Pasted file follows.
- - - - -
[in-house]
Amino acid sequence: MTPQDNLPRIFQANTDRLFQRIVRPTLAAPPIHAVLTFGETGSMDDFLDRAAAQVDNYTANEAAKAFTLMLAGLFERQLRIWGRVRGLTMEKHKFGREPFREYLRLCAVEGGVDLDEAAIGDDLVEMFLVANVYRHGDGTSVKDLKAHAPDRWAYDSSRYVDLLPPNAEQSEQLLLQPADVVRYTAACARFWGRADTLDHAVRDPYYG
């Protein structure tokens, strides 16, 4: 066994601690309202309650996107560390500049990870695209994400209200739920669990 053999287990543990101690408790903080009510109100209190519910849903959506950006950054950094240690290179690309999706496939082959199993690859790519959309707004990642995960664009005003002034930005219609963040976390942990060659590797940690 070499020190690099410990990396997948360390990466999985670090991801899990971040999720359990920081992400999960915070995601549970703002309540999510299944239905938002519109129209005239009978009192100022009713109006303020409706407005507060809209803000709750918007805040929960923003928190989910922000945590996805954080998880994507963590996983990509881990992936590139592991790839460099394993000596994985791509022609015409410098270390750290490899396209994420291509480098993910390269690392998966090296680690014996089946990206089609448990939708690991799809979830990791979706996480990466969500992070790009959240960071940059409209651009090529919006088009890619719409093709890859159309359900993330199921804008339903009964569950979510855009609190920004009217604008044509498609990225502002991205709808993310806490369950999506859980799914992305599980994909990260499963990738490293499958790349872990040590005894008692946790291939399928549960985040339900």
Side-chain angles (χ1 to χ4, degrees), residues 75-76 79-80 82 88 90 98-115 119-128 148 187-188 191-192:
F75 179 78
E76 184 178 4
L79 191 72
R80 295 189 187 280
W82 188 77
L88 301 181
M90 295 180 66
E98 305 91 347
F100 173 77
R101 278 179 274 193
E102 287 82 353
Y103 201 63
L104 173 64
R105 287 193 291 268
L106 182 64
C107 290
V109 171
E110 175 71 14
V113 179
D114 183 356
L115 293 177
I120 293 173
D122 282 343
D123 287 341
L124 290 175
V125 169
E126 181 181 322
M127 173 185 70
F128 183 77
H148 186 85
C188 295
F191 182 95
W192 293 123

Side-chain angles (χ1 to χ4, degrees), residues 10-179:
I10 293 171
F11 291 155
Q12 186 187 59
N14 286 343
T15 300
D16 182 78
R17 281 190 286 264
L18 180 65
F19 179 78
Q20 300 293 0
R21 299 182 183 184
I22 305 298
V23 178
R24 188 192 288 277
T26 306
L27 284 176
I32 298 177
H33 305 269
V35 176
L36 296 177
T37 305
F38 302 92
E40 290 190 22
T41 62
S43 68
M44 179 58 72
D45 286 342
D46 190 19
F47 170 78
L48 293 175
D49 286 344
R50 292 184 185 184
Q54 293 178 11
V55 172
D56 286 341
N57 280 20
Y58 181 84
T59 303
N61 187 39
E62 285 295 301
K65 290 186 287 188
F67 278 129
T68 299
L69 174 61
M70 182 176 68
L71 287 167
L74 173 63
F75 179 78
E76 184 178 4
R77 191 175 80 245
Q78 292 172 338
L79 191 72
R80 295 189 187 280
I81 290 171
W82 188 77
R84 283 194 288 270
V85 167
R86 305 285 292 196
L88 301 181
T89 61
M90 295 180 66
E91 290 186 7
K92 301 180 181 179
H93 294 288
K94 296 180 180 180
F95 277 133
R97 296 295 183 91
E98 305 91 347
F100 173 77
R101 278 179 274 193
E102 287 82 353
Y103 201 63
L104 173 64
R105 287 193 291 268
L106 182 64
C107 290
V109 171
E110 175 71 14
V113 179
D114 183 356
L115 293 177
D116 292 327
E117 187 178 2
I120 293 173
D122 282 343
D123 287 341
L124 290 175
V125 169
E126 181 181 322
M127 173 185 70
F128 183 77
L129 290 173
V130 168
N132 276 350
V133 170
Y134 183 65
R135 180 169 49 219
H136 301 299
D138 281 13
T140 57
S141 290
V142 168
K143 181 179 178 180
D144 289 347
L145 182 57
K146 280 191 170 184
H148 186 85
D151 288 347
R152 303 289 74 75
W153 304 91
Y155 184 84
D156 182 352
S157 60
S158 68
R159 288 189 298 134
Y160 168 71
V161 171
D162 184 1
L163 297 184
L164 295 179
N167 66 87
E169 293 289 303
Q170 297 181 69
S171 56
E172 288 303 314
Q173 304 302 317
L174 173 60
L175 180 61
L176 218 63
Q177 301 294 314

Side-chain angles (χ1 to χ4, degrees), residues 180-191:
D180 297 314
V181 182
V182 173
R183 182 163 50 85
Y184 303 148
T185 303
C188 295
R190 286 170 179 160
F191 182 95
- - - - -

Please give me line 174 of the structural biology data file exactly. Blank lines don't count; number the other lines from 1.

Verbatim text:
Y184 303 148